I read The Life Changing Magic of Tidying Up soon after it came out and before Marie Kondo was REALLY popping in the way she is now. Even before then, I always pushed for a minimalist aesthetic. I really don’t know why. All things considered, my parents are baby boomers who flexed opulence, but I never really cared about stuff.
In fact, when we made the move from one house to another, there was a lot that I didn’t want to take with me. Even as I hopped from apartments for the pursuit of lower rent, there was still stuff that I wasn’t so attached to so I ended up ditching it as well.
It’s not to say there isn’t stuff I like, because there definitely is, but I have very little of those things that I hold near and dear to my heart. I have a couch. A bed. Clothes. A TV. Some books. Some decor. That’s pretty much it.
Everything else that I’ve ever gained I’ve found through friends, thrift shops or curb side pick ups.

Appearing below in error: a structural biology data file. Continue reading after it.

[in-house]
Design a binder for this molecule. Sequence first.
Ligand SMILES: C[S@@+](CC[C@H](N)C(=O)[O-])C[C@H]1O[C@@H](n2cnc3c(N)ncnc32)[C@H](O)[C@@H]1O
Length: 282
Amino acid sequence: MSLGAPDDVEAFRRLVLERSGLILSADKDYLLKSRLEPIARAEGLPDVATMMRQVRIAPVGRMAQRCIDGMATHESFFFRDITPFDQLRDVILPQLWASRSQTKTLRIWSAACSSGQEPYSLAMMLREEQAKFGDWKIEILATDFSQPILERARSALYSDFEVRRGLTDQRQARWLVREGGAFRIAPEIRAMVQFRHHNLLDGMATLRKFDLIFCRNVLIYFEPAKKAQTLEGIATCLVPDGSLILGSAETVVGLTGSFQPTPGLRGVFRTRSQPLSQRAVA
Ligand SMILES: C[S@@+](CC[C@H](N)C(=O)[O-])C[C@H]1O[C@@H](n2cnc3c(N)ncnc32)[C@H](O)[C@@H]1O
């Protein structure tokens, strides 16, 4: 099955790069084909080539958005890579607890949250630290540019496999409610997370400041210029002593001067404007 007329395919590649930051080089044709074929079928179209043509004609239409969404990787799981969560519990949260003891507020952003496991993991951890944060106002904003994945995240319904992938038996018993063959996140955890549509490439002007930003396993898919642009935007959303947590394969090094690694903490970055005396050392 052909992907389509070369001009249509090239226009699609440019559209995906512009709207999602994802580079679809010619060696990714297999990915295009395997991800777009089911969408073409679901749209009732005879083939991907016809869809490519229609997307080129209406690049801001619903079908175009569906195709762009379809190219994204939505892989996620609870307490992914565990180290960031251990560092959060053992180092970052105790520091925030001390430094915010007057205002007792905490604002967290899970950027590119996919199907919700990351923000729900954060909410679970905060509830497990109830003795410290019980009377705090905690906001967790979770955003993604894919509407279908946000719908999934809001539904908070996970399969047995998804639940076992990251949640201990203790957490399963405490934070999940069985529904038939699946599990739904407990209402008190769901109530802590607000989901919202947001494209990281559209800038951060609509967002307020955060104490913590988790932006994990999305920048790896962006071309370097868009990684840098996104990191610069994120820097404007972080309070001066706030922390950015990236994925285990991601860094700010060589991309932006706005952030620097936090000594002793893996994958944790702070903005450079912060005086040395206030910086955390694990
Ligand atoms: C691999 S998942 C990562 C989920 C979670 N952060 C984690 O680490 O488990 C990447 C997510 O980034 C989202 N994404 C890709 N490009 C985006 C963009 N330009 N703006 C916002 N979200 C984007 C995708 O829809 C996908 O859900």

I don’t know if it’s because of the generation I’m from where we’re not quite as well off as our parents or if I have a different list of priorities, but things never swayed me.
Now that I’m in a state of moving yet again, let me tell you how EASY the process is this time around.
Sure, I’ve accumulated a few extra things that I really didn’t want and I gave them away easily, but those things that I have kept near and dear I smile at. It’s not just a haphazard game of rolling my eyes at an accumulation of random stuff and shoving it into a box. Everything I own has a purpose. Everything neatly placed in a box like a game of Tetris.
This is a clock I received as a gift when I was a teenager and a Buddha statue I received at the same time. This is a shelf that was custom made by a friend. This is a lamp my mother gave me for my first apartment that came to light several other places I lived. This is a picture made by a friend.
I say all this to say that the journey of minimalism isn’t one that makes you lose anything at all. You gain so much more and it reveals to you exactly what is important to your life. Things are tools. They may be tools for comfort, or nourishment or even entertainment, but they’re nothing more.
At the end of the day, you’re the real magic force behind the tools. The bigger question is how are you using the tools to serve yourself and the world around you?